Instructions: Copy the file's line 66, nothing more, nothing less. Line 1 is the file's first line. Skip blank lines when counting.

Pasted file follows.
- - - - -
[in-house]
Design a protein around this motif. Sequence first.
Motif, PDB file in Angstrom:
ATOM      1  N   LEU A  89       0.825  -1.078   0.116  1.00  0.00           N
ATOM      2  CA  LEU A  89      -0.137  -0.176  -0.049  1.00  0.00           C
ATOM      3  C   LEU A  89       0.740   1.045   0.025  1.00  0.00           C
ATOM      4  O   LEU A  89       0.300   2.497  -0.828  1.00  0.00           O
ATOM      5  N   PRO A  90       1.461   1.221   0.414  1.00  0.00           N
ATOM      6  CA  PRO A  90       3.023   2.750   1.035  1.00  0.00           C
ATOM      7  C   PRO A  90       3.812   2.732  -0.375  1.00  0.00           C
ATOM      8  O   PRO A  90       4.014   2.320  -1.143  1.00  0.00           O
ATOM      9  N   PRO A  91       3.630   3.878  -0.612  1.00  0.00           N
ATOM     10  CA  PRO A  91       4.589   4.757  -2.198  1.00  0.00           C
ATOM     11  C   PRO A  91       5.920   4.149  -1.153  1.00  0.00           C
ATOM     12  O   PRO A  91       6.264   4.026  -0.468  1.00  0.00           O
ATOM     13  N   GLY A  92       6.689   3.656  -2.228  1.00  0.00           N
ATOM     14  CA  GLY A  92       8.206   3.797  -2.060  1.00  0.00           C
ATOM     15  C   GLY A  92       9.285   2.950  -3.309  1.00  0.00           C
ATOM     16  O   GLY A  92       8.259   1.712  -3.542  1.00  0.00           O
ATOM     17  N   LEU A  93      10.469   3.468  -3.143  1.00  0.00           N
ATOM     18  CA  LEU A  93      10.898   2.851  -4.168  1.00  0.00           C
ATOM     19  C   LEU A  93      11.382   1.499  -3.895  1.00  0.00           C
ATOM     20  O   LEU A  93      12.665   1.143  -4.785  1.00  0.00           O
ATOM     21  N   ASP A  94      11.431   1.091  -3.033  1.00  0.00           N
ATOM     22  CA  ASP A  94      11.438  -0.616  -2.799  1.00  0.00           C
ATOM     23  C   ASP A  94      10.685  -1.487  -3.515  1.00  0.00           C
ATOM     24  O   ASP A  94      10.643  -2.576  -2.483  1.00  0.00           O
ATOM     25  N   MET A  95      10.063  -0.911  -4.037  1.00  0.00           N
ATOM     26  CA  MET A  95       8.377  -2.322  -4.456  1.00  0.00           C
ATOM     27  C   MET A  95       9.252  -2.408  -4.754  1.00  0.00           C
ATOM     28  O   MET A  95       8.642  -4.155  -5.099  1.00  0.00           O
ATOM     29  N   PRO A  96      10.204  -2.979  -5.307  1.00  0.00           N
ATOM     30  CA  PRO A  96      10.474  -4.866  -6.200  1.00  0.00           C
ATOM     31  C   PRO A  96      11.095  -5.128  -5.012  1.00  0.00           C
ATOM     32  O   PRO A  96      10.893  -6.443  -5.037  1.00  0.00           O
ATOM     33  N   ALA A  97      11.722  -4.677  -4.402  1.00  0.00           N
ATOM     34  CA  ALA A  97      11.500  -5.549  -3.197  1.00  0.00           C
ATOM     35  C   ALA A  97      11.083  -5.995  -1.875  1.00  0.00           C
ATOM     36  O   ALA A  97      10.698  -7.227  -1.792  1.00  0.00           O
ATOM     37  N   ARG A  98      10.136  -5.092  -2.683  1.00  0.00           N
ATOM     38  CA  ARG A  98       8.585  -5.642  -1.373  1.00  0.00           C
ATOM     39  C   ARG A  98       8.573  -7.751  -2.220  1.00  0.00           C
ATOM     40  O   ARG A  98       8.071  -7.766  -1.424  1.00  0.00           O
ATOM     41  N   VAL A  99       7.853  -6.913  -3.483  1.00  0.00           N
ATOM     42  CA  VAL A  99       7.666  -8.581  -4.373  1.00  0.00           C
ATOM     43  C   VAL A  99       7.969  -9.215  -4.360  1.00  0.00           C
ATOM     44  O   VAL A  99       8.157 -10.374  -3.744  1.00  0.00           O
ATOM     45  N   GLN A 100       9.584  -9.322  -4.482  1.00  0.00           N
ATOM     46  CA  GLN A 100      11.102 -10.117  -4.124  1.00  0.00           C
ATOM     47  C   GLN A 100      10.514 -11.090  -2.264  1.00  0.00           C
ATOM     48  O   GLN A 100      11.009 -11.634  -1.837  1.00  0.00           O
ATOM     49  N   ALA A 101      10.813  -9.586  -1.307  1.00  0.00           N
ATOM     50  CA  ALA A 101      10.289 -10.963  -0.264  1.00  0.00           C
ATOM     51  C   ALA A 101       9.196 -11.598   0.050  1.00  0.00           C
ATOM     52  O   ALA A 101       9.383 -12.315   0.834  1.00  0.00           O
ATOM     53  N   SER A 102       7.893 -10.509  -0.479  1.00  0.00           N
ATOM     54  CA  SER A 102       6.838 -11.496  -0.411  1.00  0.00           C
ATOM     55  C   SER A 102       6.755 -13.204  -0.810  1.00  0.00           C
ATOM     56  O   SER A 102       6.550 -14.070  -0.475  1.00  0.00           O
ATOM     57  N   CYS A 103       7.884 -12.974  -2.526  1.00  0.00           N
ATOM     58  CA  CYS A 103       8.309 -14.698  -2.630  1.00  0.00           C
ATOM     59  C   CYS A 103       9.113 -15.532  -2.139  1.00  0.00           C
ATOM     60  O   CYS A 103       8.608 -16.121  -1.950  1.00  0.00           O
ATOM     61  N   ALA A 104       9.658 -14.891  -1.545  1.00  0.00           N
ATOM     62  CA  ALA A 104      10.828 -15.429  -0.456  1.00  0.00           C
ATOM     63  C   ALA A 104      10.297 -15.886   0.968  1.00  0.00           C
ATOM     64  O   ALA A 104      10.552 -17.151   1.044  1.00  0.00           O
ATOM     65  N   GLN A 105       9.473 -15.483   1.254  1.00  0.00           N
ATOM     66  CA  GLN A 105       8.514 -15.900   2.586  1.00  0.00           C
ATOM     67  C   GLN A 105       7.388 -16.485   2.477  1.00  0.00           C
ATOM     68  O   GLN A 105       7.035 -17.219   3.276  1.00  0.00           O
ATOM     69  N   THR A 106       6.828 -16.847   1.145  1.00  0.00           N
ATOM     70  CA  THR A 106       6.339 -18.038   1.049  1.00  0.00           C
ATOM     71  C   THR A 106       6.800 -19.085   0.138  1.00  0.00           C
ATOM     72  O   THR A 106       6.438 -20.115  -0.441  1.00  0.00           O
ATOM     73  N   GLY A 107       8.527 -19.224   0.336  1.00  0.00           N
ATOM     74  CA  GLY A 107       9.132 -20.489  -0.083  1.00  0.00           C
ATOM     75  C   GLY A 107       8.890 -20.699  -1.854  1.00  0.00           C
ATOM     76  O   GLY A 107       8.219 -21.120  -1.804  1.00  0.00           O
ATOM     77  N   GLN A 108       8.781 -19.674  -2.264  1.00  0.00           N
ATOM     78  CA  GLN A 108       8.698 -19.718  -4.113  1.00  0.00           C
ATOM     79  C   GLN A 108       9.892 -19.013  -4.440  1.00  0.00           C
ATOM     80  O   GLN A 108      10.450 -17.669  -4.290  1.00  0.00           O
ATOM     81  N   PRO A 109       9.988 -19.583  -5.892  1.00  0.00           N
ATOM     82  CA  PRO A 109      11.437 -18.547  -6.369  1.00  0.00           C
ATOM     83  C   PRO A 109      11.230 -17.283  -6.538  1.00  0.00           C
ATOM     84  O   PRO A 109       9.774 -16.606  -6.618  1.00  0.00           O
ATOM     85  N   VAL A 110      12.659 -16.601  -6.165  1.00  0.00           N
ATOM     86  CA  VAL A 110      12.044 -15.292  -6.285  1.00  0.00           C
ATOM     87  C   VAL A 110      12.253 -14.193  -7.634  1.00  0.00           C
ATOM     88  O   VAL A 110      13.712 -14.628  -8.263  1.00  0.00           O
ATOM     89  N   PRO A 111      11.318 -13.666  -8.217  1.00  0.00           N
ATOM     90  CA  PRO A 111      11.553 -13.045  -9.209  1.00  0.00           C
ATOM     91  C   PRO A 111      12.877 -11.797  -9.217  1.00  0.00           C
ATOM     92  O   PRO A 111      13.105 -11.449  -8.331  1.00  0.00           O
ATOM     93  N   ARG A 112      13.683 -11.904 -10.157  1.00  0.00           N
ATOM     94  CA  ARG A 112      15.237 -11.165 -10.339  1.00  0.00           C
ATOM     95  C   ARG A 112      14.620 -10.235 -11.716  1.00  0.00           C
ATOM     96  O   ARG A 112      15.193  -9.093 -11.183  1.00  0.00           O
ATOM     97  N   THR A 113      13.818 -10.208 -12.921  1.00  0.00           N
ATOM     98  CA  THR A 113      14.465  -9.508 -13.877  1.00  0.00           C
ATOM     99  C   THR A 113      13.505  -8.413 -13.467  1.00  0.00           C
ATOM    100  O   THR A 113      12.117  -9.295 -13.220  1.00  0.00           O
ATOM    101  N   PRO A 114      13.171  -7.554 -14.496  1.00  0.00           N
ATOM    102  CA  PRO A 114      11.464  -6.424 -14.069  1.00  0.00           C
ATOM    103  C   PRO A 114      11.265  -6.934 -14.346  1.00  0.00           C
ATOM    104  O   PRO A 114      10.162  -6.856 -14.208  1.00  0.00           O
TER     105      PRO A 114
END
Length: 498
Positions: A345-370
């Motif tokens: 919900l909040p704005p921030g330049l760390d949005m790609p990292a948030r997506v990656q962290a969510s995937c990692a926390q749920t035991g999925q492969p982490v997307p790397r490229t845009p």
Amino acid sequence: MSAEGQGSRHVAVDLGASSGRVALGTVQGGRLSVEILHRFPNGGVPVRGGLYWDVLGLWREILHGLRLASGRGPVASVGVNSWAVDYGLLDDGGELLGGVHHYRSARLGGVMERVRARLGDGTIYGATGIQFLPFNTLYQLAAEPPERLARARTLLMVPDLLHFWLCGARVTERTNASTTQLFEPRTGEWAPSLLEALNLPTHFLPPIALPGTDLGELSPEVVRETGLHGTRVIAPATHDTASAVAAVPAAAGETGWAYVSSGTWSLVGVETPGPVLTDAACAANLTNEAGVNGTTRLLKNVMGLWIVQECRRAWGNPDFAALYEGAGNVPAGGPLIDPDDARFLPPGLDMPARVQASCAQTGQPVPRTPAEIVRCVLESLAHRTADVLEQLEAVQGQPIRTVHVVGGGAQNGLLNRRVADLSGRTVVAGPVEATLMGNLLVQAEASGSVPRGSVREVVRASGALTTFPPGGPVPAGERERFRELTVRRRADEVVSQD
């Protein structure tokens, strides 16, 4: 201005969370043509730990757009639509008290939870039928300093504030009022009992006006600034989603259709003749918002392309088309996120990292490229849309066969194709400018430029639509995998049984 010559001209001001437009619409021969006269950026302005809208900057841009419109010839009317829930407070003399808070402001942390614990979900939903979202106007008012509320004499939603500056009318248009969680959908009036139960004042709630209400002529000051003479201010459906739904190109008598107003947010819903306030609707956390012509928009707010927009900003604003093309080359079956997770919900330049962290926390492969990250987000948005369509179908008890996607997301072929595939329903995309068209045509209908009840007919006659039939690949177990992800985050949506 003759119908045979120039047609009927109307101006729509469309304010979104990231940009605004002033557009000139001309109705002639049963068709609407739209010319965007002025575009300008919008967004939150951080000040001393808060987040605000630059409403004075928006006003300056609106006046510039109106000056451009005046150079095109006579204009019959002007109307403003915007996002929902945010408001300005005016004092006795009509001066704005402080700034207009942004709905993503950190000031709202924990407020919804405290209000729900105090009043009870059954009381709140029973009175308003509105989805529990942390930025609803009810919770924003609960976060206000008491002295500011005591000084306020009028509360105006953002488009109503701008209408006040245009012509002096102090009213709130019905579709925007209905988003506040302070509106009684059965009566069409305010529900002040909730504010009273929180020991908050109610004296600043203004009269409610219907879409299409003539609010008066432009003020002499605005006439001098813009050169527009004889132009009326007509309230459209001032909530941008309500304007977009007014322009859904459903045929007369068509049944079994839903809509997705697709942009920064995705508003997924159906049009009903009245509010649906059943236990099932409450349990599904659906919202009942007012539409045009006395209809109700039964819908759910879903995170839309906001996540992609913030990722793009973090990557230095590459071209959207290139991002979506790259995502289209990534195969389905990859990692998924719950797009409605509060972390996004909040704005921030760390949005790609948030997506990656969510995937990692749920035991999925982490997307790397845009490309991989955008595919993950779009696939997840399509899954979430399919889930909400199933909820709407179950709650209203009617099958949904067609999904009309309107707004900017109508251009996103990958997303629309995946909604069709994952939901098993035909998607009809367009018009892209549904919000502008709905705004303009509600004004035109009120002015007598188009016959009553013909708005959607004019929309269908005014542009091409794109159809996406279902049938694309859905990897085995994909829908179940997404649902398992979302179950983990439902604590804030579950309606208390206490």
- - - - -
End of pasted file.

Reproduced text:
ATOM     63  C   ALA A 104      10.297 -15.886   0.968  1.00  0.00           C